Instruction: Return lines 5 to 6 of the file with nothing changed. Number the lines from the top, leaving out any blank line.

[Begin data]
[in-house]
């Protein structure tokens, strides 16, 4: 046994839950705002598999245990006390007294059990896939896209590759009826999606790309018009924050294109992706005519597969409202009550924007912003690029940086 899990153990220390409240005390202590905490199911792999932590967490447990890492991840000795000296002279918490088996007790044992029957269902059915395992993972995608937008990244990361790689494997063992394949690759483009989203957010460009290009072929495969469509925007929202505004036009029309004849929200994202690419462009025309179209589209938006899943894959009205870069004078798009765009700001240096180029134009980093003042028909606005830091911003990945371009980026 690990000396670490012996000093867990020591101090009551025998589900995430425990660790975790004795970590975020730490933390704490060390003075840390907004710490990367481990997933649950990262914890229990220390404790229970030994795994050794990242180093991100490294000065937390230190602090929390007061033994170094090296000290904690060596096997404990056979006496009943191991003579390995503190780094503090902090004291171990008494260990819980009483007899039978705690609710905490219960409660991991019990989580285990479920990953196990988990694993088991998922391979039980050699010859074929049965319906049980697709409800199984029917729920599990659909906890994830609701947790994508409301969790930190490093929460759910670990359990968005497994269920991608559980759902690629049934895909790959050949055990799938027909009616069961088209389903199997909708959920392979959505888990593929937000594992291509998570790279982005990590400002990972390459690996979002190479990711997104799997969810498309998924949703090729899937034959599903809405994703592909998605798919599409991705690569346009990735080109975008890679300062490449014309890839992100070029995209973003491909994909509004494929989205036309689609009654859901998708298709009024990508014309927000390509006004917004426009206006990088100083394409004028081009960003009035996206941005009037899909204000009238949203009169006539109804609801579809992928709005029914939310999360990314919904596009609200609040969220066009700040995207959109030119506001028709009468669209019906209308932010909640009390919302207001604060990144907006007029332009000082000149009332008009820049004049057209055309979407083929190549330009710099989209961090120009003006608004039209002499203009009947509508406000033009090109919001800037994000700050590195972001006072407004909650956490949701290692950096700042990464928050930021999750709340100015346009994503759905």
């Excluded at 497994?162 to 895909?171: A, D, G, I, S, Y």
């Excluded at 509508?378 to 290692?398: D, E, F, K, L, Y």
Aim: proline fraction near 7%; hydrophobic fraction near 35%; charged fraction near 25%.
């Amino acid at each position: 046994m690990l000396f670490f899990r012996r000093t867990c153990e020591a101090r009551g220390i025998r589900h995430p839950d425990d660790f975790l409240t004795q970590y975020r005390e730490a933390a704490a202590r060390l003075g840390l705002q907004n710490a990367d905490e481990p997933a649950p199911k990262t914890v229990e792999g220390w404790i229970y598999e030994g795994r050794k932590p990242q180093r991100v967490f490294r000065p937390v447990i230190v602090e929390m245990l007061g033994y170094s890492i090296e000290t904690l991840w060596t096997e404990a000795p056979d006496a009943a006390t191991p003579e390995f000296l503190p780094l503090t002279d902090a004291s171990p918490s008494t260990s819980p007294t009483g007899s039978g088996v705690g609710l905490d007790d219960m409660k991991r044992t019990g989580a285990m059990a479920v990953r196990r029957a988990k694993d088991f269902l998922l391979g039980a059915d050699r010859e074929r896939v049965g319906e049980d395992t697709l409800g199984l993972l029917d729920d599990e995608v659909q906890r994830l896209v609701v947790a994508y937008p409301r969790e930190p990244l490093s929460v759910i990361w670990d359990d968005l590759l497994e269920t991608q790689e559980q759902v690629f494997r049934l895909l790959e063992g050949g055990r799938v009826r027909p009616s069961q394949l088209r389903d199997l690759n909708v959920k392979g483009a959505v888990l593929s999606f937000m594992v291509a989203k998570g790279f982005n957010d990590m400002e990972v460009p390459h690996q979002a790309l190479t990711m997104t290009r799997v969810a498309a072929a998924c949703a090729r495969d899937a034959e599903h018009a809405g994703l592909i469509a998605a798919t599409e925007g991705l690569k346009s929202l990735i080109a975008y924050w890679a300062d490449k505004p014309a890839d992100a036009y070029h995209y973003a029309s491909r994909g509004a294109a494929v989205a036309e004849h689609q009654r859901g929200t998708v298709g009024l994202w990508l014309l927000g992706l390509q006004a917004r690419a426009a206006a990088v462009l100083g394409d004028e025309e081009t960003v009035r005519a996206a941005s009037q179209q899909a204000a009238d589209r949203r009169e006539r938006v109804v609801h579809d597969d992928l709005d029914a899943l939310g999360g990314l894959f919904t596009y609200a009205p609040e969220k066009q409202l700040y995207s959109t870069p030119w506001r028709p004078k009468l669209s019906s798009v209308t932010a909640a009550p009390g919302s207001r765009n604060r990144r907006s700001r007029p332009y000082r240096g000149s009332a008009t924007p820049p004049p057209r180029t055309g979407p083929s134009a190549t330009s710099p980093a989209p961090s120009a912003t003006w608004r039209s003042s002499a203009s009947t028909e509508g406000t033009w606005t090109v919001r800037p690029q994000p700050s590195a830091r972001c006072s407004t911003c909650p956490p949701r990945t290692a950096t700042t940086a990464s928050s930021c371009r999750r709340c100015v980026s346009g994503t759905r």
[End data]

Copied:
Aim: proline fraction near 7%; hydrophobic fraction near 35%; charged fraction near 25%.
């Amino acid at each position: 046994m690990l000396f670490f899990r012996r000093t867990c153990e020591a101090r009551g220390i025998r589900h995430p839950d425990d660790f975790l409240t004795q970590y975020r005390e730490a933390a704490a202590r060390l003075g840390l705002q907004n710490a990367d905490e481990p997933a649950p199911k990262t914890v229990e792999g220390w404790i229970y598999e030994g795994r050794k932590p990242q180093r991100v967490f490294r000065p937390v447990i230190v602090e929390m245990l007061g033994y170094s890492i090296e000290t904690l991840w060596t096997e404990a000795p056979d006496a009943a006390t191991p003579e390995f000296l503190p780094l503090t002279d902090a004291s171990p918490s008494t260990s819980p007294t009483g007899s039978g088996v705690g609710l905490d007790d219960m409660k991991r044992t019990g989580a285990m059990a479920v990953r196990r029957a988990k694993d088991f269902l998922l391979g039980a059915d050699r010859e074929r896939v049965g319906e049980d395992t697709l409800g199984l993972l029917d729920d599990e995608v659909q906890r994830l896209v609701v947790a994508y937008p409301r969790e930190p990244l490093s929460v759910i990361w670990d359990d968005l590759l497994e269920t991608q790689e559980q759902v690629f494997r049934l895909l790959e063992g050949g055990r799938v009826r027909p009616s069961q394949l088209r389903d199997l690759n909708v959920k392979g483009a959505v888990l593929s999606f937000m594992v291509a989203k998570g790279f982005n957010d990590m400002e990972v460009p390459h690996q979002a790309l190479t990711m997104t290009r799997v969810a498309a072929a998924c949703a090729r495969d899937a034959e599903h018009a809405g994703l592909i469509a998605a798919t599409e925007g991705l690569k346009s929202l990735i080109a975008y924050w890679a300062d490449k505004p014309a890839d992100a036009y070029h995209y973003a029309s491909r994909g509004a294109a494929v989205a036309e004849h689609q009654r859901g929200t998708v298709g009024l994202w990508l014309l927000g992706l390509q006004a917004r690419a426009a206006a990088v462009l100083g394409d004028e025309e081009t960003v009035r005519a996206a941005s009037q179209q899909a204000a009238d589209r949203r009169e006539r938006v109804v609801h579809d597969d992928l709005d029914a899943l939310g999360g990314l894959f919904t596009y609200a009205p609040e969220k066009q409202l700040y995207s959109t870069p030119w506001r028709p004078k009468l669209s019906s798009v209308t932010a909640a009550p009390g919302s207001r765009n604060r990144r907006s700001r007029p332009y000082r240096g000149s009332a008009t924007p820049p004049p057209r180029t055309g979407p083929s134009a190549t330009s710099p980093a989209p961090s120009a912003t003006w608004r039209s003042s002499a203009s009947t028909e509508g406000t033009w606005t090109v919001r800037p690029q994000p700050s590195a830091r972001c006072s407004t911003c909650p956490p949701r990945t290692a950096t700042t940086a990464s928050s930021c371009r999750r709340c100015v980026s346009g994503t759905r």